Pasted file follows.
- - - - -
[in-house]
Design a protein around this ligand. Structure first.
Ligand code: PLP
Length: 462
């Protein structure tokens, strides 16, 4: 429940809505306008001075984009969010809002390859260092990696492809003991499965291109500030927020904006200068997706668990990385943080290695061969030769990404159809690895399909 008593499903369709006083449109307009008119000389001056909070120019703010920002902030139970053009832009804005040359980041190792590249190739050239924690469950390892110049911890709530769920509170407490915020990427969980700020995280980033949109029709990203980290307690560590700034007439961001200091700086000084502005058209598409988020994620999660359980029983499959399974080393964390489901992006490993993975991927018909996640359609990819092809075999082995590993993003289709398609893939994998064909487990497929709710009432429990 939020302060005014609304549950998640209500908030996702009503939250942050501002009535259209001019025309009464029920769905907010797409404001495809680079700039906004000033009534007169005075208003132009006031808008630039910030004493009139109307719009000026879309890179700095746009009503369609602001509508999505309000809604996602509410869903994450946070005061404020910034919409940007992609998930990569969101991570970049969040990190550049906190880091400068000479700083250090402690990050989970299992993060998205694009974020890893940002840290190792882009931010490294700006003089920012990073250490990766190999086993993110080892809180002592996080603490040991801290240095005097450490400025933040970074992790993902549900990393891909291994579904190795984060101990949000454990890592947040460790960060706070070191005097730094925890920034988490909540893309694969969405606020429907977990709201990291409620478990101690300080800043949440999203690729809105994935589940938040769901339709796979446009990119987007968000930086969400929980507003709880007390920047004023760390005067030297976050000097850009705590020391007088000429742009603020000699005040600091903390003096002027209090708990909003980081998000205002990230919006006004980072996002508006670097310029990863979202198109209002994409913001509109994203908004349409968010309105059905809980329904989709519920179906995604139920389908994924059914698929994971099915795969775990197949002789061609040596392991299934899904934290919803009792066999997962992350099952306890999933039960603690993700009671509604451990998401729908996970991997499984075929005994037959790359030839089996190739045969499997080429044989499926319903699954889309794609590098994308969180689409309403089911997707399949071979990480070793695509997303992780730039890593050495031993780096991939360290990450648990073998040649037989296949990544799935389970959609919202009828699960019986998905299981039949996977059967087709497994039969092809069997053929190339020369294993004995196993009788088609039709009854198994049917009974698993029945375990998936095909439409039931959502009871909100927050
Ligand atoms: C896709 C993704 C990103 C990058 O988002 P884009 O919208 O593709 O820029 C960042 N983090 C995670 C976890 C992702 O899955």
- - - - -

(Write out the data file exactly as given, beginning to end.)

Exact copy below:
[in-house]
Design a protein around this ligand. Structure first.
Ligand code: PLP
Length: 462
């Protein structure tokens, strides 16, 4: 429940809505306008001075984009969010809002390859260092990696492809003991499965291109500030927020904006200068997706668990990385943080290695061969030769990404159809690895399909 008593499903369709006083449109307009008119000389001056909070120019703010920002902030139970053009832009804005040359980041190792590249190739050239924690469950390892110049911890709530769920509170407490915020990427969980700020995280980033949109029709990203980290307690560590700034007439961001200091700086000084502005058209598409988020994620999660359980029983499959399974080393964390489901992006490993993975991927018909996640359609990819092809075999082995590993993003289709398609893939994998064909487990497929709710009432429990 939020302060005014609304549950998640209500908030996702009503939250942050501002009535259209001019025309009464029920769905907010797409404001495809680079700039906004000033009534007169005075208003132009006031808008630039910030004493009139109307719009000026879309890179700095746009009503369609602001509508999505309000809604996602509410869903994450946070005061404020910034919409940007992609998930990569969101991570970049969040990190550049906190880091400068000479700083250090402690990050989970299992993060998205694009974020890893940002840290190792882009931010490294700006003089920012990073250490990766190999086993993110080892809180002592996080603490040991801290240095005097450490400025933040970074992790993902549900990393891909291994579904190795984060101990949000454990890592947040460790960060706070070191005097730094925890920034988490909540893309694969969405606020429907977990709201990291409620478990101690300080800043949440999203690729809105994935589940938040769901339709796979446009990119987007968000930086969400929980507003709880007390920047004023760390005067030297976050000097850009705590020391007088000429742009603020000699005040600091903390003096002027209090708990909003980081998000205002990230919006006004980072996002508006670097310029990863979202198109209002994409913001509109994203908004349409968010309105059905809980329904989709519920179906995604139920389908994924059914698929994971099915795969775990197949002789061609040596392991299934899904934290919803009792066999997962992350099952306890999933039960603690993700009671509604451990998401729908996970991997499984075929005994037959790359030839089996190739045969499997080429044989499926319903699954889309794609590098994308969180689409309403089911997707399949071979990480070793695509997303992780730039890593050495031993780096991939360290990450648990073998040649037989296949990544799935389970959609919202009828699960019986998905299981039949996977059967087709497994039969092809069997053929190339020369294993004995196993009788088609039709009854198994049917009974698993029945375990998936095909439409039931959502009871909100927050
Ligand atoms: C896709 C993704 C990103 C990058 O988002 P884009 O919208 O593709 O820029 C960042 N983090 C995670 C976890 C992702 O899955």